Supreme Court Justice Anthony Kennedy’s opinions in gay rights cases have always reached for rhetorical heights, and some critics confuse that with mushy thinking. But his decision in the same-sex marriage case Obergefell v. Hodges is compelling precisely because it avoids some of the cheap clichés that have marked many prior lower court opinions declaring a right to same-sex marriage.
Justice Kennedy, writing for the Court, did not claim that opponents of same-sex marriage are merely bigoted. To the contrary, he acknowledged that many opponents “reach that conclusion based on decent and honorable religious or philosophical premises.” Justice Kennedy did not hold that bans on same-sex marriage are simply “irrational” as some other judges have. Instead, he relied on the fundamental right to marry.
Other courts had only thought it possible to uphold a right to same-sex marriage by hollowing out the significance of marriage itself. But Justice Kennedy did just the opposite. Thus, while the Massachusetts Supreme Judicial Court insisted that civil marriage is a “wholly secular institution,” a mere civil contract, Justice Kennedy emphasized the “centrality of marriage to the human condition” as reiterated in “untold references to the beauty of marriage in religious and philosophical texts spanning time, cultures, and faiths.”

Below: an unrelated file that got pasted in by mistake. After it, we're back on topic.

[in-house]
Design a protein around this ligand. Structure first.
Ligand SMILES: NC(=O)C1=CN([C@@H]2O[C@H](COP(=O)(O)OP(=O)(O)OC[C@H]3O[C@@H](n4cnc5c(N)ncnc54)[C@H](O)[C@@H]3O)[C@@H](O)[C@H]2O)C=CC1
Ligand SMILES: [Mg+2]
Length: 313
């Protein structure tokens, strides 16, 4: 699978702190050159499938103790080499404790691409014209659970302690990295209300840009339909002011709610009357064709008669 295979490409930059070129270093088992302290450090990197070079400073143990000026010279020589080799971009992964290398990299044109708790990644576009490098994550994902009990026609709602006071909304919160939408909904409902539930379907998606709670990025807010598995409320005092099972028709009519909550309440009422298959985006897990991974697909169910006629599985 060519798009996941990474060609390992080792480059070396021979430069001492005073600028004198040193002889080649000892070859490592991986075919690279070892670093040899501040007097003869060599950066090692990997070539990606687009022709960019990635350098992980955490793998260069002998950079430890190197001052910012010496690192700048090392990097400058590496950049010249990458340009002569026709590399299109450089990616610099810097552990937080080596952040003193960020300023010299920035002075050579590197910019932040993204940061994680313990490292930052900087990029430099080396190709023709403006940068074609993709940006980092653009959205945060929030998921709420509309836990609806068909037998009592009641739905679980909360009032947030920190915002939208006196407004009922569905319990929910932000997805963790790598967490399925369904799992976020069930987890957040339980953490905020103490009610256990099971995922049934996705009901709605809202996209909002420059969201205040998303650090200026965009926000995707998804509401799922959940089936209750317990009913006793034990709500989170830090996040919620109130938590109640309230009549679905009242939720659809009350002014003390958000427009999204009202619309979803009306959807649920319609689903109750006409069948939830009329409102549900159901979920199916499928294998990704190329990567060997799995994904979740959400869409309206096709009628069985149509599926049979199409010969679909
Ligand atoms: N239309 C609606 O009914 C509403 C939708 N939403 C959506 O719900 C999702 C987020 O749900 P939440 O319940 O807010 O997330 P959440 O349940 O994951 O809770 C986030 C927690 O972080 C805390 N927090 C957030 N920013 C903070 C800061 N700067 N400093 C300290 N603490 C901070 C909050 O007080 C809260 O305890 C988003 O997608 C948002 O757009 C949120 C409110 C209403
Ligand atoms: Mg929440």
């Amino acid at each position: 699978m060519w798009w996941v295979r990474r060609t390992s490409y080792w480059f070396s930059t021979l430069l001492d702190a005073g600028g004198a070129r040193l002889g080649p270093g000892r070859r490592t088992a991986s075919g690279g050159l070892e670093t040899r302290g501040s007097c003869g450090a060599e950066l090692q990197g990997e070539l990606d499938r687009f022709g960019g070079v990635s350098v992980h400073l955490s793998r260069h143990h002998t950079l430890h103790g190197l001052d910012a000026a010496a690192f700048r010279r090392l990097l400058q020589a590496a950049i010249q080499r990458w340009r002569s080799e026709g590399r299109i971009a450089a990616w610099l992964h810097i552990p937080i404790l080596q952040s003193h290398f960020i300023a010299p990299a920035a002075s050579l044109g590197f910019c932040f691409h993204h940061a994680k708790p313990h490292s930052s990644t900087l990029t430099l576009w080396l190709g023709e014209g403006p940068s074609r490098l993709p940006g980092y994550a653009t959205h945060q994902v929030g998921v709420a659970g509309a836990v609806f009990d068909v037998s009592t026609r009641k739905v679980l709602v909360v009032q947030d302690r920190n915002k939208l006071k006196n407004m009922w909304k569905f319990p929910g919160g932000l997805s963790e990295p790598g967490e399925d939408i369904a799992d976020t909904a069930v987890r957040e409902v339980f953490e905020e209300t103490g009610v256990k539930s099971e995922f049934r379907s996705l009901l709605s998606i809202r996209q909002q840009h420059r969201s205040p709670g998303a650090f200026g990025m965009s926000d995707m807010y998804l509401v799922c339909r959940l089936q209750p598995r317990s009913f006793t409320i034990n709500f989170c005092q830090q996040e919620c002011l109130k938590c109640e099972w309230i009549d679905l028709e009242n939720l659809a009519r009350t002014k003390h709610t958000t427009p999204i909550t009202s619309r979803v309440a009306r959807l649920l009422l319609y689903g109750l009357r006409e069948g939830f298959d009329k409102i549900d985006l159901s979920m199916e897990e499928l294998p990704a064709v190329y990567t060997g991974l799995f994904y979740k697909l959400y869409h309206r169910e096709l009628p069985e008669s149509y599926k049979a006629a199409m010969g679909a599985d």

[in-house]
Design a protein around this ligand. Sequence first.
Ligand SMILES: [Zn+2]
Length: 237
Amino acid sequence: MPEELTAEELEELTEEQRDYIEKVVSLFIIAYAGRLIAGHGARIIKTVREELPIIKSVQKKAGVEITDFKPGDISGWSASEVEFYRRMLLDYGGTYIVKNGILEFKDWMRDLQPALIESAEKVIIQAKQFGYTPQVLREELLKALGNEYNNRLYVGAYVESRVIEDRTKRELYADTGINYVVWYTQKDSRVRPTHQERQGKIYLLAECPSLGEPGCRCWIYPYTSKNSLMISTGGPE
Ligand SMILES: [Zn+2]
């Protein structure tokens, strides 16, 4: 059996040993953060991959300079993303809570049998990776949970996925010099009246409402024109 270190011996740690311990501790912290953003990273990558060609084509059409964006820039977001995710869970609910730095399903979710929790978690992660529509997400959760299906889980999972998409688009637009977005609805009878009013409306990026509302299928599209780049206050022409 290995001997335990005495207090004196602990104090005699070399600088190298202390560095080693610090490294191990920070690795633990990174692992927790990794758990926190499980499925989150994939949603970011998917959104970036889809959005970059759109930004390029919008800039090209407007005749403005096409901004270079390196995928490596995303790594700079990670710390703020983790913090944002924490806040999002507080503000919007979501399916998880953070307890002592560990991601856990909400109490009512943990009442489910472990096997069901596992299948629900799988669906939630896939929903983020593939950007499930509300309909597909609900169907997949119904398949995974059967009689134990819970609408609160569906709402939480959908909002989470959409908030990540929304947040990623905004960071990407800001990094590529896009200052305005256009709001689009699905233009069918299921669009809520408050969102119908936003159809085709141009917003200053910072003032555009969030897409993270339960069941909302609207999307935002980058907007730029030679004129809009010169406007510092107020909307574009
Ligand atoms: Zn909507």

Similarly, Justice Kennedy did not dismiss the link between marriage and procreation. Instead, he held that one reason “for protecting the right to marry is that it safeguards children and families and thus draws meaning from related rights of childrearing, procreation, and education,” while also insisting that the exercise of the right in particular cases cannot be conditioned on the ability or willingness to have children.
More generally, Justice Kennedy argued, “Far from seeking to devalue marriage, the petitioners seek it for themselves because of their respect — and need — for its privileges and responsibilities.” Similarly, near the end of the opinion, he wrote, “It would misunderstand these men and women to say they disrespect the idea of marriage. Their plea is that they do respect it, respect it so deeply that they seek to find its fulfillment for themselves.”
This is, in short, in many of the best respects, a deeply “conservative” opinion, upholding not only the right to same-sex marriage but the abiding constitutional, cultural, religious, and moral significance of marriage itself.
Perry Dane is a Professor of Law at Rutgers School of Law – Camden. His prior writings on same-sex marriage include “Natural Law, Equality, and Same-Sex Marriage.”